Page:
n our last On Sheet, I talked about testing out ideas; my example was my interlocking tower and the control levels (specifically the train order boards). And there, I mentioned facing-point locks.
I did a lot of digging while researching interlocking controls for my Tuscarora Branch Line. I learned all sorts of curious things about them, some I ignored and some I liked. But one of those neat ones were a device called a facing-point lock. I have two in my interlocking tower; you can see one of the levers (blue) in the foreground/left, and one way in the back/right.
So, as I understand it, a facing-point lock is a vertical pin that slots up through the drawbar of a turnout. When up, it keeps the rattling abuse of passing wheels from shaking the turnout points and possibly allowing a flange to pick the switch (with disastrous, tumbling results). If you are going to throw a turnout with a facing-point lock (in the photo above, the blue lever to the left is associated with the black turnout lever to its right), you need to pull the blue lever back first (dropping the pin), then realign the turnout, then force the pin back up. This locks the turnout in place and allows signals to be set across this route.
So, if you think I’m going to tell you how I drilled a hole through my N-scale turnouts to add a pin to keep the drawbar in place, you are reading the wrong blog. No, actually, these levers do not control rods which push and pull various interlocking elements about. They control software logic. There are no facing-point locks on the Tuscarora Branch Line. But the software acts as if there were. If you try to change a turnout with the lock engaged, the panel faults and doesn’t allow the throw. And if you leave the lock disengaged, you will fault if you attempt to set a controlling signal over this turnout. There is no actual lock. But after busy sessions, my operators feel that there are.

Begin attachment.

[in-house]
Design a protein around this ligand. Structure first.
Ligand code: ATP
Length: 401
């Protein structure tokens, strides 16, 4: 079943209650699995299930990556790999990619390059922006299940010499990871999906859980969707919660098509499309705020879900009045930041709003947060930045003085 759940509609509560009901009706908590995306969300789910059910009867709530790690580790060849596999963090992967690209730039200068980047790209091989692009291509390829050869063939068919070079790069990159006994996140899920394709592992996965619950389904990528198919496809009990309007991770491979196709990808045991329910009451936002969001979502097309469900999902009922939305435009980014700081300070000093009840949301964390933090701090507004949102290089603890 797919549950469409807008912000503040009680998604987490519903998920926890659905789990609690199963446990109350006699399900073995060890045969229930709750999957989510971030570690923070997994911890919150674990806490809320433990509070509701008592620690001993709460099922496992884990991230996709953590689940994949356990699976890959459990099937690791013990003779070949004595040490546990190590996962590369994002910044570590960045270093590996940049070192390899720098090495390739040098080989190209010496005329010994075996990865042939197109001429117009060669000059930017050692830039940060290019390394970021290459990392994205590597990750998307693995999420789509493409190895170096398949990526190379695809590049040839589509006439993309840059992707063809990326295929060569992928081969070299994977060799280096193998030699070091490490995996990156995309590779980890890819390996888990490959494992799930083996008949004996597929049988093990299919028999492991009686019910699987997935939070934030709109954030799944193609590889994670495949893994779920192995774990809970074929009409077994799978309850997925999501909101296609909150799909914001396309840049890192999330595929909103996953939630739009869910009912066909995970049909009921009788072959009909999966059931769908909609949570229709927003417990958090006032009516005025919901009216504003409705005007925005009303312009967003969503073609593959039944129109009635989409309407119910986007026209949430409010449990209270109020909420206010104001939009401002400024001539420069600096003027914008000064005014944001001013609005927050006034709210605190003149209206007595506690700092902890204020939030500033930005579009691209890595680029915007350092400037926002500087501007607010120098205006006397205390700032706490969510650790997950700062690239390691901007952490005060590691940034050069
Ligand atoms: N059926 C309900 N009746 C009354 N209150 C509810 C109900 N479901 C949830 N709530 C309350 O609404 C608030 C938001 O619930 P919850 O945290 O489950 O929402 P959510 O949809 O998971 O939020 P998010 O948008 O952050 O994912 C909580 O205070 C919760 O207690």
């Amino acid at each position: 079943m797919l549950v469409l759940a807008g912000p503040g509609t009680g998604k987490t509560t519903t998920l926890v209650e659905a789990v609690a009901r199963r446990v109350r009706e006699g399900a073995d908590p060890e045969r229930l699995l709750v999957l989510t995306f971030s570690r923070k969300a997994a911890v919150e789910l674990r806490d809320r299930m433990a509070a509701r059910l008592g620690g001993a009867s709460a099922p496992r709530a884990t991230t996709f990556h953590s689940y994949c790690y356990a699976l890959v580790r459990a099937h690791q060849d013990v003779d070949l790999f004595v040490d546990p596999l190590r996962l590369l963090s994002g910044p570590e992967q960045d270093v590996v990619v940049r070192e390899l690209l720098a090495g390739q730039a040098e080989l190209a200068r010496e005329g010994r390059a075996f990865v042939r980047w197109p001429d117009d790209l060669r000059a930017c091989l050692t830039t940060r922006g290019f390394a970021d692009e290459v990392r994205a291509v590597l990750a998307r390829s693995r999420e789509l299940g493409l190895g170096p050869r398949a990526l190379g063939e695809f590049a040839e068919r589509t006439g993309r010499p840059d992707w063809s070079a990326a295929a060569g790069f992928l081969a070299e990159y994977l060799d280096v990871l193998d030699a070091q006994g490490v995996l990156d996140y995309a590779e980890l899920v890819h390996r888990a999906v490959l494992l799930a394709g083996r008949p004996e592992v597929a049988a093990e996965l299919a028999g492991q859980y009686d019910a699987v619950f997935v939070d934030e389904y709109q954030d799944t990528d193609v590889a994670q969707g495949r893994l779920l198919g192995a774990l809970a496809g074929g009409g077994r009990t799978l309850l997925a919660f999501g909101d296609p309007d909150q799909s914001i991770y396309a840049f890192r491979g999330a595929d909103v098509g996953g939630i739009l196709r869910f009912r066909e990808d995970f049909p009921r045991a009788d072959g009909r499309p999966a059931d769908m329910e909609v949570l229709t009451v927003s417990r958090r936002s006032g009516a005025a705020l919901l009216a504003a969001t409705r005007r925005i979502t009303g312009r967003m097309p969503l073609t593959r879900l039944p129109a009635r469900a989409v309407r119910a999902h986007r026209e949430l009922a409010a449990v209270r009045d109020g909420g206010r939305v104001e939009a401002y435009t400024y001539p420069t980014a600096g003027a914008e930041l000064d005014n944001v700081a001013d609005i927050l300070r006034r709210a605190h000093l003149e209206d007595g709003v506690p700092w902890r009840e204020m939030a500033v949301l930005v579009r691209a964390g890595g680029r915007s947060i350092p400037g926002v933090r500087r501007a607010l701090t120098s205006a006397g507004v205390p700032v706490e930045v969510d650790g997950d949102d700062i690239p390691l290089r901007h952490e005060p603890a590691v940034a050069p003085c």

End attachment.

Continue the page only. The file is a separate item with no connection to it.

It’s the same as our freight cars that have no freight in them, and engines without crews. There is an accepting belief that these things exist in our miniature worlds. But that’s a little off the point – what I’m trying to say is that you should not simply focus your ops in what is actually physically on the railroad. You can also add railroad elements to enhance the mystique of your line. For example, instead of having a signup sheet when people come in, draw up a “Crew call” document (you might be able to find various examples on the web). When trains leave staging, perhaps there should be a registry book so that crews have to sign their names, trains, and when they departed or arrived. I’ve a friend who has a branch line that enters a supposed mainline – the turnout is locked and needs to be unlocked with a key (in this case, a nine-volt battery that is placed on raised contacts that active the turnout). Some branch lines have a physical staff, allowing the bearing train to enter and all others may not – put a key-chain-sized staff near the entry to the branch and make the operator carry it with them.
There is no end to railroad paperwork and processes to simulate. Sure, they don’t really mean anything or change anything, but they give us the idea that they are actual elements of a working railroad.
Who knows – maybe you should make all your operators pay you a buck for union dues every session. But watch out that they don’t file grievances against you!